You can tell a lot about a country by their street food.
And what our street food says about us in the U.S. (the new-style vehicular gastronomy notwithstanding) is none too flattering. Yes, our melting pot brings in smatterings of excellence from town to town, but as a nation, we have no American equivalent to the Vietnamese báhn mì. No Cuban pressed mixto. No Mexican taco.
Sure, the occasional dirty water street dog can be delicious, if you pick your spots, and you can find a to-go slice ranging from meh to excellent in nearly every small town in America. But outside of pizza, or a full-frontal greasy-spoon breakfast, and, yes, junk food — we're lacking.
Italy, as a country, understands and respects food. France too. Spain. Southeast Asia. Most of the world, in fact. Think about it: average Italian trattoria, above average food; average Spanish bar, above average food; average Mexican taqueria, above average food. You get the picture.
I just returned from a week in Israel. It is a country of world-class street food. Hummus, falafel, shawarma, kabobs. They have fresh produce year-round, Kosher/Halal butchering, but more than anything, the country, as a whole, just gets it. Every cook in every dinky restaurant knows how to perfectly grill chicken, fish, meat.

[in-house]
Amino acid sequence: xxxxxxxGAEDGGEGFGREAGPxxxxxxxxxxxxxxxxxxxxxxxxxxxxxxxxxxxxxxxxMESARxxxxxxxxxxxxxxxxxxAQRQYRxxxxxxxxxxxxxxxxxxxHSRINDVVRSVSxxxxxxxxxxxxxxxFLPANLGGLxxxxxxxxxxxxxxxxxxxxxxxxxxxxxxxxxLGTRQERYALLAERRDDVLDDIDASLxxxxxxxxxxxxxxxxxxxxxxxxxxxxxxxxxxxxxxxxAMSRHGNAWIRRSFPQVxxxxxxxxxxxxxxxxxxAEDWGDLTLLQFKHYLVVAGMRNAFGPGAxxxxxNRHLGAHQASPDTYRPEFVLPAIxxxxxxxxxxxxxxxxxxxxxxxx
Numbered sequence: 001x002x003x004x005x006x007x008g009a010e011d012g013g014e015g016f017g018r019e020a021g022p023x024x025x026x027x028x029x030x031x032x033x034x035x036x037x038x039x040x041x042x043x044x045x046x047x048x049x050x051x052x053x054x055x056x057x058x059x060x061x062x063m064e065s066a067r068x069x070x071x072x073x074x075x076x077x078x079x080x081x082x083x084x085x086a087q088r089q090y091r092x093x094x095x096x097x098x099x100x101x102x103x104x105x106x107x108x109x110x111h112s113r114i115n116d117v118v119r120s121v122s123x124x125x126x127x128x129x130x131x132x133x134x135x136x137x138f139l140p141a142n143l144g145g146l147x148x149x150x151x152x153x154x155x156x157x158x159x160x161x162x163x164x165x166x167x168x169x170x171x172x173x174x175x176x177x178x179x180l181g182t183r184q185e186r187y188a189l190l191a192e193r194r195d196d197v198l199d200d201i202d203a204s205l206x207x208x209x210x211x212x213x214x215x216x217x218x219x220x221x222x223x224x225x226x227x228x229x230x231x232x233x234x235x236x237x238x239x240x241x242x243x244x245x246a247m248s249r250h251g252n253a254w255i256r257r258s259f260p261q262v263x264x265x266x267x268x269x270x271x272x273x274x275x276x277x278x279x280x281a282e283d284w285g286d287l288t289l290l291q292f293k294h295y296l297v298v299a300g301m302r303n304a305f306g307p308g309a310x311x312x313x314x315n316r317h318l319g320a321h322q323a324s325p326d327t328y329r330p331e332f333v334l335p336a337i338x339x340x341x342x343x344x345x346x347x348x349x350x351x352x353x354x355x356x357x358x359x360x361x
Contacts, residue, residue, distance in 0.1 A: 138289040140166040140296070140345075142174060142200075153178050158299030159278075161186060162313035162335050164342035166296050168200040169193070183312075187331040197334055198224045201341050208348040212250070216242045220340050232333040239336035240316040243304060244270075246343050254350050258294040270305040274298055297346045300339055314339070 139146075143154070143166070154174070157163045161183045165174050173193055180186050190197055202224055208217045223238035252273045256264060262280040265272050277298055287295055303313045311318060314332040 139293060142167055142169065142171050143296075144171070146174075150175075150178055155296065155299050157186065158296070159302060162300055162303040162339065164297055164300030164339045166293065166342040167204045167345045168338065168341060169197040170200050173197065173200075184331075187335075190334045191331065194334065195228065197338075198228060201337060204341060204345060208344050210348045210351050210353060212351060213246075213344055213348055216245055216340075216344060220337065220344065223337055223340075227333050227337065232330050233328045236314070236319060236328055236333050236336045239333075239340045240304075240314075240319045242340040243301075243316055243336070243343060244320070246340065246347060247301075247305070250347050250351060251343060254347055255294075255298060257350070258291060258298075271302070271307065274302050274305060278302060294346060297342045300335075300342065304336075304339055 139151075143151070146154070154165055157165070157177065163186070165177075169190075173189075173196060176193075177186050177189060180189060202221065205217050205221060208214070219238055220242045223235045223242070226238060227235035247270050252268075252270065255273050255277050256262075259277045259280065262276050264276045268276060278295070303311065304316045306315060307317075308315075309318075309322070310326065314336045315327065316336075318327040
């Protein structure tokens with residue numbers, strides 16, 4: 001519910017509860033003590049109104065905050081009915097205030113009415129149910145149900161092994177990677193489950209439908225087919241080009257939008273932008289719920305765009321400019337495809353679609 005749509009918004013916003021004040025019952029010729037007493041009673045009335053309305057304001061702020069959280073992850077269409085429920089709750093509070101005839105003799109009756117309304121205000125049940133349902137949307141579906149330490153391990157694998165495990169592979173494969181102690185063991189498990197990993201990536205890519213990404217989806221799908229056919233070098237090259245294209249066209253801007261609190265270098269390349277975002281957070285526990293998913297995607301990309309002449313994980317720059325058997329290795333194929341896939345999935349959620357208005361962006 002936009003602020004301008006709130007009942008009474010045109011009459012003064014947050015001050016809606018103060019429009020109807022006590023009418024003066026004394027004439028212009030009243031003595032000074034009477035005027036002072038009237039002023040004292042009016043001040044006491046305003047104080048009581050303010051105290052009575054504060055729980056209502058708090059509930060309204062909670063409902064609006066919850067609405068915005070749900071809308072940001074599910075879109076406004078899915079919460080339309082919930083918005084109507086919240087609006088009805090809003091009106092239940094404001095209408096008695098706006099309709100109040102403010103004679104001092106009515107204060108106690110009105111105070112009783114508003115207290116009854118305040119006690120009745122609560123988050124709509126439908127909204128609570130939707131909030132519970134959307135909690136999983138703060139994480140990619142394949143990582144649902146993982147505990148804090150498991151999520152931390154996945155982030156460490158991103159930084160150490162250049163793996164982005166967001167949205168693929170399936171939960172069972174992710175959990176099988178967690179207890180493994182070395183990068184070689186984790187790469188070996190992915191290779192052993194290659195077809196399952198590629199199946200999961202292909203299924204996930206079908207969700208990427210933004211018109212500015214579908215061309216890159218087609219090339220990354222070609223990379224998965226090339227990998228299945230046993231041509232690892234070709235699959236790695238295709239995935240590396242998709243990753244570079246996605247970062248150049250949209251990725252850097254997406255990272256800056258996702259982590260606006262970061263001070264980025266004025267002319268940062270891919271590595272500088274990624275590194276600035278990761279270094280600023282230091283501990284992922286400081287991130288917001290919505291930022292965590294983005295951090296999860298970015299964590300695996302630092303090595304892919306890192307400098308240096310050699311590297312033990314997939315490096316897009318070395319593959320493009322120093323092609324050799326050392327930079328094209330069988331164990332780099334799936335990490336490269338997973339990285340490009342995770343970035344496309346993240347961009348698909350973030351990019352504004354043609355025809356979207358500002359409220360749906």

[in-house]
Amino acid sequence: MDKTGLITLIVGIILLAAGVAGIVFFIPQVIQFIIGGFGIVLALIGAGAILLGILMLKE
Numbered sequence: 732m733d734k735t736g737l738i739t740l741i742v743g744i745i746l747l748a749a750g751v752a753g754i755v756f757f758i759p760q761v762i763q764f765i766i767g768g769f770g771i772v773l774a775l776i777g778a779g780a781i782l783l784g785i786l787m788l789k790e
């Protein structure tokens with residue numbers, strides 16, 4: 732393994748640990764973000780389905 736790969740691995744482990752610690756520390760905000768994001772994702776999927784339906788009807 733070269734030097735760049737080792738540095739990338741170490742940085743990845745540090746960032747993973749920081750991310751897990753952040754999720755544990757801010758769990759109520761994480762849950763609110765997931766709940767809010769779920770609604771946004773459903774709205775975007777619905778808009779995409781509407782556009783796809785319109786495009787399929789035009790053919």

Several years ago, when my Israeli cousin was doing his military service there, I met him at his army base to take him out to lunch. The base was located in the middle of nowhere, and so we ate a few miles away at what could only be described as a gas station. And still lunch was not just good, but very good.
Even just last week, on the way out of town, I had a falafel pita for breakfast from a nothing merchant at Ben Gurion airport. It was made then and there, made to order, and was delicious. Fresh veg, tahina, hummus. Try that in the U.S. And for less than $6.
Unfortunately, we are a nation that respects neither our food, where it comes from, who eats it, nor how we eat it. And that is not only our loss, but — due to the global export success of our embarrassingly-crappy fast-food giants — the world's.